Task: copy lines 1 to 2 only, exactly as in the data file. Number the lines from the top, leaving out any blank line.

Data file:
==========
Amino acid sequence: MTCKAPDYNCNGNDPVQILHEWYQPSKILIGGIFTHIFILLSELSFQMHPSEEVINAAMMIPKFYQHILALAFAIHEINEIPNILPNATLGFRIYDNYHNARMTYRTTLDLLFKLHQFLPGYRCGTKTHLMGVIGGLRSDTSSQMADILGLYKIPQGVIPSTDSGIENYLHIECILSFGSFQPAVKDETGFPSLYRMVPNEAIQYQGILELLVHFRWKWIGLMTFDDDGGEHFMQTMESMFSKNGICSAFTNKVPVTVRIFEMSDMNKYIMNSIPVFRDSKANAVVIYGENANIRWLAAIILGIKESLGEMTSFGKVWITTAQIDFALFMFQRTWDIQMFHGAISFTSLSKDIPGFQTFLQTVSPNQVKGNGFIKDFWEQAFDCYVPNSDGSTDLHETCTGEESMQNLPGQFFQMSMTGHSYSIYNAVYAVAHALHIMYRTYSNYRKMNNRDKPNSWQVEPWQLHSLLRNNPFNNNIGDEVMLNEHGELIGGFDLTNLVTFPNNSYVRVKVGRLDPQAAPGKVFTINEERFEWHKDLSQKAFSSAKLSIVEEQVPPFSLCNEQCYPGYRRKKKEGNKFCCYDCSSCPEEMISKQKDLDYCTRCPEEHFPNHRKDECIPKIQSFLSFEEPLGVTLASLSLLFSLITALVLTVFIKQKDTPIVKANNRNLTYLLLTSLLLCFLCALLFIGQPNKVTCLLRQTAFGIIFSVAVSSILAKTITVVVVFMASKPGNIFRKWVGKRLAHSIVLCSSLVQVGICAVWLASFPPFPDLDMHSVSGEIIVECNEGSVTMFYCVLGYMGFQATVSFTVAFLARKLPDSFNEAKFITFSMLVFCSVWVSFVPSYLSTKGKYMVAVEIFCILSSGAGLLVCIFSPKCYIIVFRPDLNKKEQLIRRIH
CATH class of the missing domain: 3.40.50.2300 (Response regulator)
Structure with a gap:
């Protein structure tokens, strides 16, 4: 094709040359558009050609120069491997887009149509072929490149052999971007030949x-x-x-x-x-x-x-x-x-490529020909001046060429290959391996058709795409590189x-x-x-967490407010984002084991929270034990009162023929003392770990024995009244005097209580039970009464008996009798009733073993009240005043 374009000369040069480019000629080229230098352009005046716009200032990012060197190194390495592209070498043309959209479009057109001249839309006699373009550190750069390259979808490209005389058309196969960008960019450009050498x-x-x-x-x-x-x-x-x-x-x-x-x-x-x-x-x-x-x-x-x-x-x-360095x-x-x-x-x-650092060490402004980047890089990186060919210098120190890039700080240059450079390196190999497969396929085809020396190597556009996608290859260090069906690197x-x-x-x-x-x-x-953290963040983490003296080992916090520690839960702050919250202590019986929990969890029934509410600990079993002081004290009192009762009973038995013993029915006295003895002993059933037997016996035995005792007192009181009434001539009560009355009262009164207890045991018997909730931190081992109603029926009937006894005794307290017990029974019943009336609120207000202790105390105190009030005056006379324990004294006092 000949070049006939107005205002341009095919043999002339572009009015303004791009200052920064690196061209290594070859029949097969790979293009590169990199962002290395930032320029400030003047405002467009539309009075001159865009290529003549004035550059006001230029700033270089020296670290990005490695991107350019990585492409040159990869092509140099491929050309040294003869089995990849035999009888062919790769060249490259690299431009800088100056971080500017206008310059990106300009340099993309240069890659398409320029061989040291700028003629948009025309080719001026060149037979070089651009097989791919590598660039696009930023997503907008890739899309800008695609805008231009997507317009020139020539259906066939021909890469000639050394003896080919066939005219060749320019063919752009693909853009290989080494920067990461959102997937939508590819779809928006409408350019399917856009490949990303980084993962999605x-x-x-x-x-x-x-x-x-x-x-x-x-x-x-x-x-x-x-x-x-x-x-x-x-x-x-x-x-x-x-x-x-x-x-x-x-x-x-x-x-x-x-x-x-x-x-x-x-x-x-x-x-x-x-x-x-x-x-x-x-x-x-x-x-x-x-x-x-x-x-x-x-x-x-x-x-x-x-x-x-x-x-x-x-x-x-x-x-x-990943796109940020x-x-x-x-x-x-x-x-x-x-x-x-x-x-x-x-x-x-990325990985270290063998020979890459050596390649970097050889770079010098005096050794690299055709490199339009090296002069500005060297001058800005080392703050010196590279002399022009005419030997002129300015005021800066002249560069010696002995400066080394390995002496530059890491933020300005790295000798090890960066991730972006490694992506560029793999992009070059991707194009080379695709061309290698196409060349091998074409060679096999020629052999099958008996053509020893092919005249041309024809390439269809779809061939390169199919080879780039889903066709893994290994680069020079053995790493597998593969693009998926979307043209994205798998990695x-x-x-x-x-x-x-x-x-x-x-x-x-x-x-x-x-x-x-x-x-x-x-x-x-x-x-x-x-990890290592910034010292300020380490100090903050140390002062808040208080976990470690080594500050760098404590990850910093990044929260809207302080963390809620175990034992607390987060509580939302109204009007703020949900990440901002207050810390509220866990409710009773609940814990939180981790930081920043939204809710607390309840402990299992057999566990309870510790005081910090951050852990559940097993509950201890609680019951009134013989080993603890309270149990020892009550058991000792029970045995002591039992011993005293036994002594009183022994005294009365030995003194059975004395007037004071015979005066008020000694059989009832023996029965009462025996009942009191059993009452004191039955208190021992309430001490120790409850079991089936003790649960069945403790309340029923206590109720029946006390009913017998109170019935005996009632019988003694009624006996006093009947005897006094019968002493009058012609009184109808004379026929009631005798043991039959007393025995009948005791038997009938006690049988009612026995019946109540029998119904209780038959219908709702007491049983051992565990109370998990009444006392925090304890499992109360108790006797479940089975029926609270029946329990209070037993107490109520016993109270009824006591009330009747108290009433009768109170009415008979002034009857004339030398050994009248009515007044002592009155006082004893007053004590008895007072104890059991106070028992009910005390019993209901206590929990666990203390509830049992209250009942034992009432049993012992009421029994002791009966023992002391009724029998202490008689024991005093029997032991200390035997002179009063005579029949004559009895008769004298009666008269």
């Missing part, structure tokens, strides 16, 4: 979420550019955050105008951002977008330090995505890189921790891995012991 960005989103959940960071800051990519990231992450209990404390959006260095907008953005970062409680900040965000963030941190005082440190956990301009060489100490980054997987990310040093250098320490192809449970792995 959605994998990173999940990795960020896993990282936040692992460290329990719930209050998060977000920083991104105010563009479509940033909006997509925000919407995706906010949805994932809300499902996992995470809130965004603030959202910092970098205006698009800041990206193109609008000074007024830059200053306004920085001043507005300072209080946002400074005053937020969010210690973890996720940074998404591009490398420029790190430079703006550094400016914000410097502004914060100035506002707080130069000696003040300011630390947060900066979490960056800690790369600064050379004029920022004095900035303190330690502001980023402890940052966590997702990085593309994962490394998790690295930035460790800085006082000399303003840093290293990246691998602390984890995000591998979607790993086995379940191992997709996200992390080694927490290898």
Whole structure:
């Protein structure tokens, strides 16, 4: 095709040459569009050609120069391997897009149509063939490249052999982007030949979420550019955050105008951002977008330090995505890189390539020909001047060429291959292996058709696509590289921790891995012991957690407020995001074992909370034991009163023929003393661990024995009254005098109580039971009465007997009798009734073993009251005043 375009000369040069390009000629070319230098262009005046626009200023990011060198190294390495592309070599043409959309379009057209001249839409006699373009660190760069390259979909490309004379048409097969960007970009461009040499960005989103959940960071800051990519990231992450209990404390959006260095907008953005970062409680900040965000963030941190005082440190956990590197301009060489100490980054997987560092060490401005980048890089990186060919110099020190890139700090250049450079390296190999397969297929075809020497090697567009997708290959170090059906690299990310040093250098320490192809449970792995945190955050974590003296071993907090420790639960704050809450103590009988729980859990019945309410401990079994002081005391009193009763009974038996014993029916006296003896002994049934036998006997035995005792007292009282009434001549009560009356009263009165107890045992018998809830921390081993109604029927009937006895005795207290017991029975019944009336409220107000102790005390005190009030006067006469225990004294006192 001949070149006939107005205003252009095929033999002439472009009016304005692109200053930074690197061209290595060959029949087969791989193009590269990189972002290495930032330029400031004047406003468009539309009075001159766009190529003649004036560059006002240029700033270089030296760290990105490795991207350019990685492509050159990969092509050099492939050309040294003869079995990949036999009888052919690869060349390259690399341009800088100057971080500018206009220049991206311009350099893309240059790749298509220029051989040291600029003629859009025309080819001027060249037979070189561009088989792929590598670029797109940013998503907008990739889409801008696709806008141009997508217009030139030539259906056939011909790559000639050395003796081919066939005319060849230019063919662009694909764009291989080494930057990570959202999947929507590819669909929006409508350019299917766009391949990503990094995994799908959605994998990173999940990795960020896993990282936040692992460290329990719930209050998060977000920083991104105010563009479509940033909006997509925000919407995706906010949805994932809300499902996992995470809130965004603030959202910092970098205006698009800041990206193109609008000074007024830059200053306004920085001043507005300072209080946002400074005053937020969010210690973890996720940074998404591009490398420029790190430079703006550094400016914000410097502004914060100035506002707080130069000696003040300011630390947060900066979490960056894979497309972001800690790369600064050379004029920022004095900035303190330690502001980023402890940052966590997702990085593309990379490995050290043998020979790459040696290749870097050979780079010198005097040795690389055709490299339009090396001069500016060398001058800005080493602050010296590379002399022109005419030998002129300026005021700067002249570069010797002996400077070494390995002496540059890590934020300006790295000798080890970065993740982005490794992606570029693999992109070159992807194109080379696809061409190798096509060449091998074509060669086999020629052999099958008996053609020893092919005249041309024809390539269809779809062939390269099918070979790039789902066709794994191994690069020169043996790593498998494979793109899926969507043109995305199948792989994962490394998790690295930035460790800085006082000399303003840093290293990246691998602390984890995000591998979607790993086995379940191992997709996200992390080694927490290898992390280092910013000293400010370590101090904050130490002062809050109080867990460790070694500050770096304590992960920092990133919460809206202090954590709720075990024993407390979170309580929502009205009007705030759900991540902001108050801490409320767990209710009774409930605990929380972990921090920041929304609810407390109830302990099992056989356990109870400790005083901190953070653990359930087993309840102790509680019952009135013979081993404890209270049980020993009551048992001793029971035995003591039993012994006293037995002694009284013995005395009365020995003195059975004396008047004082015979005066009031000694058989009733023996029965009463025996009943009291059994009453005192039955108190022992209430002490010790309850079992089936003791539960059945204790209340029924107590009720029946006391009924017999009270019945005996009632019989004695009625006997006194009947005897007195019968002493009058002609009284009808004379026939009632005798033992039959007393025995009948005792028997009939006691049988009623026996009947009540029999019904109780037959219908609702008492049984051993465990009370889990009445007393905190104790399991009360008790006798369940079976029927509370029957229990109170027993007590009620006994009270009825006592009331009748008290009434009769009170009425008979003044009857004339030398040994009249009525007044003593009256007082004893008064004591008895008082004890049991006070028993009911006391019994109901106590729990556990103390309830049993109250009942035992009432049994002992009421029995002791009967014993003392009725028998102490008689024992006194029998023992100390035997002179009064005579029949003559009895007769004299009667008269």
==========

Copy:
Amino acid sequence: MTCKAPDYNCNGNDPVQILHEWYQPSKILIGGIFTHIFILLSELSFQMHPSEEVINAAMMIPKFYQHILALAFAIHEINEIPNILPNATLGFRIYDNYHNARMTYRTTLDLLFKLHQFLPGYRCGTKTHLMGVIGGLRSDTSSQMADILGLYKIPQGVIPSTDSGIENYLHIECILSFGSFQPAVKDETGFPSLYRMVPNEAIQYQGILELLVHFRWKWIGLMTFDDDGGEHFMQTMESMFSKNGICSAFTNKVPVTVRIFEMSDMNKYIMNSIPVFRDSKANAVVIYGENANIRWLAAIILGIKESLGEMTSFGKVWITTAQIDFALFMFQRTWDIQMFHGAISFTSLSKDIPGFQTFLQTVSPNQVKGNGFIKDFWEQAFDCYVPNSDGSTDLHETCTGEESMQNLPGQFFQMSMTGHSYSIYNAVYAVAHALHIMYRTYSNYRKMNNRDKPNSWQVEPWQLHSLLRNNPFNNNIGDEVMLNEHGELIGGFDLTNLVTFPNNSYVRVKVGRLDPQAAPGKVFTINEERFEWHKDLSQKAFSSAKLSIVEEQVPPFSLCNEQCYPGYRRKKKEGNKFCCYDCSSCPEEMISKQKDLDYCTRCPEEHFPNHRKDECIPKIQSFLSFEEPLGVTLASLSLLFSLITALVLTVFIKQKDTPIVKANNRNLTYLLLTSLLLCFLCALLFIGQPNKVTCLLRQTAFGIIFSVAVSSILAKTITVVVVFMASKPGNIFRKWVGKRLAHSIVLCSSLVQVGICAVWLASFPPFPDLDMHSVSGEIIVECNEGSVTMFYCVLGYMGFQATVSFTVAFLARKLPDSFNEAKFITFSMLVFCSVWVSFVPSYLSTKGKYMVAVEIFCILSSGAGLLVCIFSPKCYIIVFRPDLNKKEQLIRRIH
CATH class of the missing domain: 3.40.50.2300 (Response regulator)